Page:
CPP earns WSCUC accreditation

The Western Association of Schools and Colleges Senior College and University Commission (WSCUC) reaffirmed Cal Poly Pomona’s accreditation for 10 years on Feb. 14 after a visit from the WSCUC review team. 

During fall 2019, students, faculty and staff were able to participate in the accreditation process by attending open sessions held between Oct. 21-23, 2019. In these sessions, attendees were able to answer questions from the review team.

Being accredited by the WSCUC means that CPP meets the Commission’s Core Commitments and Standards of Accreditation. 

The WSCUC has three core commitments that institutions must prove they are striving for in order to be accredited. The first commitment is to student learning and success; the second is to quality and improvement; and the third is to institutional integrity, sustainability and accountability.

Reaffirmation is usually granted for a period of between seven to 10 years, which is the maximum length of time any institution may receive for accreditation. After the 10 years are up, the WSCUC will check that the university is continuing to uphold the standards. 

“This speaks to our strengths as a university,” said Laura Massa, associate vice president for Academic Programs and accreditation liaison officer. “Essentially, WSCUC has recognized that we operate with integrity, our decision making is driven by our mission and informed by evidence and that we are deeply committed to student learning and success.” 

A benefit of the accreditation is that it will allow the university to offer students federal financial aid. Unaccredited colleges do not qualify for government funding.

The federal Pell Grant, which provides financial aid to 7.2 million students, according to the National Association of Student Financial Aid Administrators, is one of the federal financial aid programs that is provided.

Accreditation is also important because it means that if students want to transfer units from the university, they can do so with ease. 

“(The accreditation) gives our degrees value, it allows us to transfer our coursework to other accredited institutions and allows the school access to federal funds used for financial aid purposes, which many students require for academic success,” said Favian Rodriguez, a fourth-year chemistry student.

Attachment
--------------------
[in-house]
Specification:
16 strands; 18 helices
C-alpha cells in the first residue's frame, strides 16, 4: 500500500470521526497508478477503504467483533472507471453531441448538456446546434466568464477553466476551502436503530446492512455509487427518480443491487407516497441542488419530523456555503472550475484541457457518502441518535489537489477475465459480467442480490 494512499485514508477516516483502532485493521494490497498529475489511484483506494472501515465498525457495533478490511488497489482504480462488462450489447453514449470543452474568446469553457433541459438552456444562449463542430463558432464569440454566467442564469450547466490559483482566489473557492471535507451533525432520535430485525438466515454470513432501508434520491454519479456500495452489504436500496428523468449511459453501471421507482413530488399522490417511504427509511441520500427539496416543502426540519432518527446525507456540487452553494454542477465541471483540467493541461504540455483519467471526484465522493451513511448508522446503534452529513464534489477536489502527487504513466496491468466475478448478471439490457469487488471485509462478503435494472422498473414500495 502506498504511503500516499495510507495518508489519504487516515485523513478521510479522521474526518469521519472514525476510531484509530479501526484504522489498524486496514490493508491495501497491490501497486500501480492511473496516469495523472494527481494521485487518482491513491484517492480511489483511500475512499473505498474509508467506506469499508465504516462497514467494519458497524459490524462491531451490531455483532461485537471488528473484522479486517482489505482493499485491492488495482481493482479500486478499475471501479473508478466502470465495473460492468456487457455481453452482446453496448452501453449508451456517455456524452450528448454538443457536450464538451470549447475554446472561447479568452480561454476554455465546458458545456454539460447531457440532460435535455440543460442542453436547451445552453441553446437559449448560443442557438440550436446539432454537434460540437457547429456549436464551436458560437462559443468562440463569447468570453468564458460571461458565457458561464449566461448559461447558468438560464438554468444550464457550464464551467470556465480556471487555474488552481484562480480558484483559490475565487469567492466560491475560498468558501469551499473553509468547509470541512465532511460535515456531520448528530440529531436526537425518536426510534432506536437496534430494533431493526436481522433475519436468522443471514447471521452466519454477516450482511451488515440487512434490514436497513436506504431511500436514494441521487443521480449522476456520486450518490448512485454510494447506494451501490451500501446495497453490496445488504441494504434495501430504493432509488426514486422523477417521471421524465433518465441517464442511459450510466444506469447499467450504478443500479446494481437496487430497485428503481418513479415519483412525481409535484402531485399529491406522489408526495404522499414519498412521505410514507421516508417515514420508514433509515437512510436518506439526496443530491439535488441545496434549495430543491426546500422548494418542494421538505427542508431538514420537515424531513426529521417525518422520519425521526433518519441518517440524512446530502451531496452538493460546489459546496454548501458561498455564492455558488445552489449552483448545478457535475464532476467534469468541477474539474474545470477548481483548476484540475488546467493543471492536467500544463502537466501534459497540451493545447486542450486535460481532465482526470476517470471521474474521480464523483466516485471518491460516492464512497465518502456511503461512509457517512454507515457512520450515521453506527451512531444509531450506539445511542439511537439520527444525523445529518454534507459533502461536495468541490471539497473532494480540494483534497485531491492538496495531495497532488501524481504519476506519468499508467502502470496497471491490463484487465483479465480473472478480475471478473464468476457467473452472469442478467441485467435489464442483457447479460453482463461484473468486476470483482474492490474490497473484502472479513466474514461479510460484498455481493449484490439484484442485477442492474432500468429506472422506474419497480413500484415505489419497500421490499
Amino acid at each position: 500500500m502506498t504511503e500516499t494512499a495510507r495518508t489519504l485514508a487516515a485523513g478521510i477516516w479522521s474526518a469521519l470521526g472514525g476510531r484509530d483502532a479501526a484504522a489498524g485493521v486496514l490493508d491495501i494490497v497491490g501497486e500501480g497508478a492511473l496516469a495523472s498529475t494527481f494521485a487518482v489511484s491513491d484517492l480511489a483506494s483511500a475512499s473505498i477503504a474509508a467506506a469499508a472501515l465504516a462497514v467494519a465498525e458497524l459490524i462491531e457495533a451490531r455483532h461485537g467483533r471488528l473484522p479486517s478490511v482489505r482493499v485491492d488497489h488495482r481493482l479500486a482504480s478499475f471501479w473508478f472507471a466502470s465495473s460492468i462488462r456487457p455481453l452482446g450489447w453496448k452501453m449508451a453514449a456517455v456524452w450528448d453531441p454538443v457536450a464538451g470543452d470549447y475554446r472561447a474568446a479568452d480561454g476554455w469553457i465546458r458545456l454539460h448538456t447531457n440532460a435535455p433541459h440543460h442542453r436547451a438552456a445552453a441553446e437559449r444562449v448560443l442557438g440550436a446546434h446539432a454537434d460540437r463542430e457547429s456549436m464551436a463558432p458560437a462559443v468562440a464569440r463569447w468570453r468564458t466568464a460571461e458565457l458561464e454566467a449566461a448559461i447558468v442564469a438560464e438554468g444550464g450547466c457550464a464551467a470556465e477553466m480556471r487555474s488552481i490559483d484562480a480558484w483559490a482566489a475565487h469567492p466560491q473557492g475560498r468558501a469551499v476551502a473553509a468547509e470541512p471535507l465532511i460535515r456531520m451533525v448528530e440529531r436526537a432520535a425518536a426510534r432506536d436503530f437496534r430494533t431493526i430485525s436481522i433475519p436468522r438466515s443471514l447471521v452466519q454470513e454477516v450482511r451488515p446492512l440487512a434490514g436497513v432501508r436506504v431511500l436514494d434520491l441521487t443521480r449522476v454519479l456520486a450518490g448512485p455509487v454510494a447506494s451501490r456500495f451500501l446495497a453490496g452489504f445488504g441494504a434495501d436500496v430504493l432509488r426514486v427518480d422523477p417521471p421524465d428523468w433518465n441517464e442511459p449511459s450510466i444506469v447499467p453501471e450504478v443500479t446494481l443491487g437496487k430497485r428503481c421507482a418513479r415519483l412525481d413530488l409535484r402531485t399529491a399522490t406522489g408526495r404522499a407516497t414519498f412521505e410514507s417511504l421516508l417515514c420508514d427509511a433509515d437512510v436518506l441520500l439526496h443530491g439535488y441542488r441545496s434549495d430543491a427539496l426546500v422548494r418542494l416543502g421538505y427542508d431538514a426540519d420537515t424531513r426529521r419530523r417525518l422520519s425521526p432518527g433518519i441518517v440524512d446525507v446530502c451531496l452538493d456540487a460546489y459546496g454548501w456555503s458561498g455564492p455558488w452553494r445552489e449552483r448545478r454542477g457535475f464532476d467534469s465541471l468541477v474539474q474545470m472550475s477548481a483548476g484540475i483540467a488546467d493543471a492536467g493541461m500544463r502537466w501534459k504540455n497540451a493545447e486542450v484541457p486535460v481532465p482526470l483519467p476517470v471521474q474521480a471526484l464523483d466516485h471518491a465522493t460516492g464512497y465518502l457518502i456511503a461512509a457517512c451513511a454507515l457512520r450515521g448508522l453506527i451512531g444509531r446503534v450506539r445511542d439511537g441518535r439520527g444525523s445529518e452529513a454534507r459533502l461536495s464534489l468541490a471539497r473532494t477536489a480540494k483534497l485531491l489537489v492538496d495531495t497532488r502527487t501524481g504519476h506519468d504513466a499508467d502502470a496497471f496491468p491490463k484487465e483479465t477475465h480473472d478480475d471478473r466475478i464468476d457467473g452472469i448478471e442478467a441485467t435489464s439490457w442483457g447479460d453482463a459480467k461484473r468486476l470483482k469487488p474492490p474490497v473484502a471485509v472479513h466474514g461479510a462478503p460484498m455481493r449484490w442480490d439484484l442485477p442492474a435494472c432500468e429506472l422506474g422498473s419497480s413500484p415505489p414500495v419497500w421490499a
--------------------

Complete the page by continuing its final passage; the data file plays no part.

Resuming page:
The reaccreditation has been in the works since spring 2017, with an institutional report written by the Steering Committee. 

“The Steering Committee shall identify and support units and departments that address identified concerns, collect and analyze data to measure progress, liaison with the Chancellor’s Office and provide periodic reports to the campus and to the Chancellor’s Office,” states the CPP website. 

CPP received the formal notification of accreditation on Feb. 26. 

In the letter, the WSCUC scheduled a mid-cycle review to begin May 1, 2025 and a special visit in spring 2023 to address items like diversity and inclusion issues and turnover in key leadership positions. 

The successful accreditation of CPP ensures that students are receiving quality education according to the WSCUC standards, and that degrees earned at the university won’t be invalid.

“Reaccreditation is a word thrown around in high school, community college and now here (at) Cal Poly,” said Henry Ly, a third-year music industry studies student. “There’s a sense of security to know that where you attend for schooling can be accredited for delivering a quality education.”

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